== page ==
My old pal Edgar was, uh, a rather complex individual (he said, by way of understatement). This post first ran in 2016.

Okay, I’ll stay on my Edgar Allan Poe kick for one more week. The 2012 film, The Raven, is not about Poe’s classic poem, but about Poe himself—more specifically, about Poe’s last days of life in 1849 Baltimore. Despite much speculation the actual cause of Poe’s death is unknown to the present day. This film, starring John Cusack as Poe, offers a compelling “what if?

While hospitalized and delirious just prior to his death, Poe called out someone’s name over and over. No one knew then to whom he was referring, or why. I won’t reveal that name, as it becomes a key plot point in the film. Interesting, don’t you think?

The Pit and the Pendulum…grisly!


Edgar Allan Poe, broke and in his cups as usual, has returned to Baltimore to visit his beloved Emily and to see if a Baltimore newspaper will publish more of his stories or literary critiques. Despite the popularity of his tales and poems he is disliked by nearly everyone, especially Emily’s wealthy father. She appears to be the only one who believes in him.

Elsewhere, a police detective named Emmett Fields (Luke Evans; yeah, Bard the Bowman!) investigates a gruesome double murder. Behind an apartment door that had been locked from the inside, a woman is sprawled on the floor with her throat cut. Her daughter’s corpse is stuffed in the chimney. The window has been nailed shut—also from the inside. Where is the killer?

Fields realizes that the crime scene resembles a story that he once read: The Murders in the Rue Morgue, by Edgar Allan Poe. He questions Poe, who is stunned to learn that one of his stories inspired the murders. The writer agrees to help Fields, and almost immediately the two men are called to another crime scene. A rival critic of Poe has been sliced in two by a pendulum—down in a pit. Get it?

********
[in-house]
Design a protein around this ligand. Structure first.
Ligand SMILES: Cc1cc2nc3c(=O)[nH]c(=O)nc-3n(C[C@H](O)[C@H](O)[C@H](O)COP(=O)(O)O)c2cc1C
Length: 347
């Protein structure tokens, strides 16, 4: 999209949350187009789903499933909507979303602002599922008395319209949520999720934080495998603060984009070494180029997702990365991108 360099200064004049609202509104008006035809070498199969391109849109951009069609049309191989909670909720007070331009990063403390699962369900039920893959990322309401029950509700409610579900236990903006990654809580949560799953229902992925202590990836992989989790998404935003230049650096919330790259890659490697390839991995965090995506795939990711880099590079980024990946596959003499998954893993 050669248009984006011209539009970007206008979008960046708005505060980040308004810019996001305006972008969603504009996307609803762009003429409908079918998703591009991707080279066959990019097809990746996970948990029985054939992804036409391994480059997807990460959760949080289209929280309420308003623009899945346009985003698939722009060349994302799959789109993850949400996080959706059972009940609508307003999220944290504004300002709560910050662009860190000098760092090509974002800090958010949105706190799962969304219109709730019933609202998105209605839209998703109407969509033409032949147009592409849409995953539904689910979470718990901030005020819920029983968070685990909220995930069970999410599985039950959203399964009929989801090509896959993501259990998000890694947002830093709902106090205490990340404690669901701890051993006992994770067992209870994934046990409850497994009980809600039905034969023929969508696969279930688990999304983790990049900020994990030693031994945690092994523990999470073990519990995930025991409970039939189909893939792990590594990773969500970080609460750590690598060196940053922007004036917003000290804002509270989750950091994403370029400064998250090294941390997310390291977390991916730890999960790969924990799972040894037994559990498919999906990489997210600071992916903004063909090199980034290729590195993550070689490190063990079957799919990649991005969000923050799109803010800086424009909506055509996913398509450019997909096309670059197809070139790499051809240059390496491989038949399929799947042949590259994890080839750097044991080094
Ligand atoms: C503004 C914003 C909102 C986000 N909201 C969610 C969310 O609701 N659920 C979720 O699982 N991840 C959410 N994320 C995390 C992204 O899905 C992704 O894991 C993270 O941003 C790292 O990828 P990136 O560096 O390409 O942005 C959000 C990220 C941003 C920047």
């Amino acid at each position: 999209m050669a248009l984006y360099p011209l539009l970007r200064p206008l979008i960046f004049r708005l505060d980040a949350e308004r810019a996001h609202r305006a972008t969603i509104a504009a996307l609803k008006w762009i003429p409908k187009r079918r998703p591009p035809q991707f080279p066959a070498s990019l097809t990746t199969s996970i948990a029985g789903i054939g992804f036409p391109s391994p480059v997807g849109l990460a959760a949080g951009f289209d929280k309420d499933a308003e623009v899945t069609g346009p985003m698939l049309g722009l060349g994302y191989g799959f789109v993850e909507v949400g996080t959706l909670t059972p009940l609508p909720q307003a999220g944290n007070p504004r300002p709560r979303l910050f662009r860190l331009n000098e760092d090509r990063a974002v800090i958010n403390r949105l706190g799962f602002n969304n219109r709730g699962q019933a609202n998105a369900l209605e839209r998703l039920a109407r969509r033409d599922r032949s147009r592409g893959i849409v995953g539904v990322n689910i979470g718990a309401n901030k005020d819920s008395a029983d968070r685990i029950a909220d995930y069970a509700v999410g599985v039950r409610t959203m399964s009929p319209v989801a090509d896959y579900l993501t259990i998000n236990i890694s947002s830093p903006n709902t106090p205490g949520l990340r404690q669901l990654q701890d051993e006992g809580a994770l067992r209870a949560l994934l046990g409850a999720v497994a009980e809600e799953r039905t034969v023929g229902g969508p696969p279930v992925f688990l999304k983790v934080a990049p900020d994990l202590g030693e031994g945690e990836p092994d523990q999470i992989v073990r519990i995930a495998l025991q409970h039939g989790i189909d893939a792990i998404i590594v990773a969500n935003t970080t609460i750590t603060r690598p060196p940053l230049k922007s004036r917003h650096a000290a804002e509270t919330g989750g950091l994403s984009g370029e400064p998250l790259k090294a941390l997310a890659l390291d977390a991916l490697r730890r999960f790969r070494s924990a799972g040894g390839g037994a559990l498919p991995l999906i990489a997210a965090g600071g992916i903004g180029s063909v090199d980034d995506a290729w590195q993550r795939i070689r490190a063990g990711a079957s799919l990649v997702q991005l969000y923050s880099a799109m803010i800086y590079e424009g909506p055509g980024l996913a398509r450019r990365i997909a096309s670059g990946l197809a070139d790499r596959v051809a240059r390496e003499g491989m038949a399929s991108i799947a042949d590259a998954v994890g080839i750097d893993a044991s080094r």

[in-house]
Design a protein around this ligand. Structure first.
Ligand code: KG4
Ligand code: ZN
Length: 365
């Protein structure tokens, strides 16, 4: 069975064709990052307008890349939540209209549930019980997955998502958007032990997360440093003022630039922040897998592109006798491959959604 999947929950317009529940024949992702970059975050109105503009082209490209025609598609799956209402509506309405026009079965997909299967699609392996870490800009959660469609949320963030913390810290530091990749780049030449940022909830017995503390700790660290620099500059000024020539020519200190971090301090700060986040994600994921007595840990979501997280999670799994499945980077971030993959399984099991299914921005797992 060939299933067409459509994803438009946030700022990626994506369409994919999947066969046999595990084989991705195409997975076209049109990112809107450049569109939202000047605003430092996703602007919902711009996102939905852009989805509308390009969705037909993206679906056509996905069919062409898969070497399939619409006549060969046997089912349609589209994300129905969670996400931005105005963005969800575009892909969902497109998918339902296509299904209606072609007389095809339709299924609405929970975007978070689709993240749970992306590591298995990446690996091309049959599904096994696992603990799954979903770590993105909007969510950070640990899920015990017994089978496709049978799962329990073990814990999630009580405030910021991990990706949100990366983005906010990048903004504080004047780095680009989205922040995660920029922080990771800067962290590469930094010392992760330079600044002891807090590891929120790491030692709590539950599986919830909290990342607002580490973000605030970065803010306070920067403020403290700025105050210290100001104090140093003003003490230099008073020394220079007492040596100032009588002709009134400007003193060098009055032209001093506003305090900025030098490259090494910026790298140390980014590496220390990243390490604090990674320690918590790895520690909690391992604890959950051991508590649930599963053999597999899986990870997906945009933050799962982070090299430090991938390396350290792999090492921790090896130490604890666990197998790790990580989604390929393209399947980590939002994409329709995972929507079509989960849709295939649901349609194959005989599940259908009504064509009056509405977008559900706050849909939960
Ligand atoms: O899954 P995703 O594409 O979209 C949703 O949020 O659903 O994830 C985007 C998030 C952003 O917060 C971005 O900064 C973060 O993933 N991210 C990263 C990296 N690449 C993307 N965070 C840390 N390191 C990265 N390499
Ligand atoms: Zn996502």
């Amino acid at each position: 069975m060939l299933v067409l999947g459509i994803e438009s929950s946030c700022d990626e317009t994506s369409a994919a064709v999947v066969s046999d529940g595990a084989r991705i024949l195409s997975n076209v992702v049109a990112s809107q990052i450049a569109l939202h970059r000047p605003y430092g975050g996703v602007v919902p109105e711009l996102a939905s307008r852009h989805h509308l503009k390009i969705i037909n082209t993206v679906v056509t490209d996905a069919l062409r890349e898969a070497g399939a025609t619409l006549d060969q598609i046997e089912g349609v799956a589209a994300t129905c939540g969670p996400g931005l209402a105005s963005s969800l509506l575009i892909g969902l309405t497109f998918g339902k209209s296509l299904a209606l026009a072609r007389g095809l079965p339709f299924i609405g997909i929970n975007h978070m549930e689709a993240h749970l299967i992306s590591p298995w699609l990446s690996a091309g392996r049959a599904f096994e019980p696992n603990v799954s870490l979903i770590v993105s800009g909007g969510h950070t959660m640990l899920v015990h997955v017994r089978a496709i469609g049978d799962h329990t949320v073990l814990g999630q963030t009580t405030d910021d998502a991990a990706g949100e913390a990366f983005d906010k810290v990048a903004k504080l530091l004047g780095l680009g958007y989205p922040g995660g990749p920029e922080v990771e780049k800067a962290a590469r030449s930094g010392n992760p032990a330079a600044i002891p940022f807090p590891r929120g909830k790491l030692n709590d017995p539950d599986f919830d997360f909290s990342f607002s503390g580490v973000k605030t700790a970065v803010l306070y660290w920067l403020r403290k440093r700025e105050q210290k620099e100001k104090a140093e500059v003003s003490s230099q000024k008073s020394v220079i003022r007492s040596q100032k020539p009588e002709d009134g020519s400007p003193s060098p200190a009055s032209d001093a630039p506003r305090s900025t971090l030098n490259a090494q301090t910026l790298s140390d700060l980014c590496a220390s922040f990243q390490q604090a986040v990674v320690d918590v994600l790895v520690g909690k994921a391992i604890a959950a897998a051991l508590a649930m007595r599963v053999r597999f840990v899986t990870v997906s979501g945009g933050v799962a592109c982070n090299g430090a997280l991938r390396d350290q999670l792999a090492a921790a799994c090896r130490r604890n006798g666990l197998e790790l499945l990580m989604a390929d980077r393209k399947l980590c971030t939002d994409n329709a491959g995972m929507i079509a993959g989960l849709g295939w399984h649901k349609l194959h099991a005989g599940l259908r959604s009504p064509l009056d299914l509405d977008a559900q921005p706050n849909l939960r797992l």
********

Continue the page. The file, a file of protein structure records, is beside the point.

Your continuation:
An unwelcome guest at the masquerade ball.

When they discover a scary red mask near the severed corpse, like the one in Poe’s The Masque of the Red Death, they are convinced that a serial killer is staging the murders based on Poe’s works. Emily’s father is hosting an annual masquerade ball the next night, and she and Poe had planned on announcing their engagement, against daddy’s wishes. Now, their main concern is protecting Emily. Accordingly, Fields and Poe, along with other cops, show up at the ball in costume.

But this killer is shrewd. He sends in a diversion: a man in a skeletal mask on horseback. While Poe and the cops swarm on him, even shooting the poor guy, the killer takes off with Emily. We eventually see her confined in a coffin—a la The Premature Burial.


In a taunting note left for Poe, the killer demands that he publish a new story. If not, he’ll murder Emily. The psycho, it seems, is a big fan. And if Poe is not suffering enough, some Angry Villagers burn down his house, believing that he’s exploiting the murders in order to sell more stories. He shows up on Fields’s doorstep, and the cop takes him in.

Emily endures a premature burial.

With a raven hovering about all through the film, Emily continues to suffer, Poe continues to write, and the nut job continues his imitative murders. A woman’s corpse—and the ubiquitous raven—show up in an anatomy class at the medical school, a la The Mystery of Marie Rogêt. A sailor off a ship called the Fortunato is walled in below the city, just as a character named Fortunato met the same fate in The Cask of Amontillado.

Another clue leads them to an old church, where the killer awaits them. Fields is wounded, one of his men killed, while the nut job rides off on a horse. Poe sets off in pursuit, but the killer escapes. After returning to the churchyard, Poe finds an empty grave with a wooden cross bearing Emily’s name.

Edgar Allan Poe

With Fields incapacitated, and Emily’s time running out, Poe writes one final story for the newspaper, offering to drink poison and trade his life for Emily’s. The newspaper goes to press, and he awaits the outcome…

And this is where I stop. Though hardly a perfect movie, The Raven does offer a tantalizing mystery, as well as an abridged romp through some of Edgar Allan Poe’s best-known works. And as I said earlier, who really knows what happened during Poe’s final days on this plane of existence?


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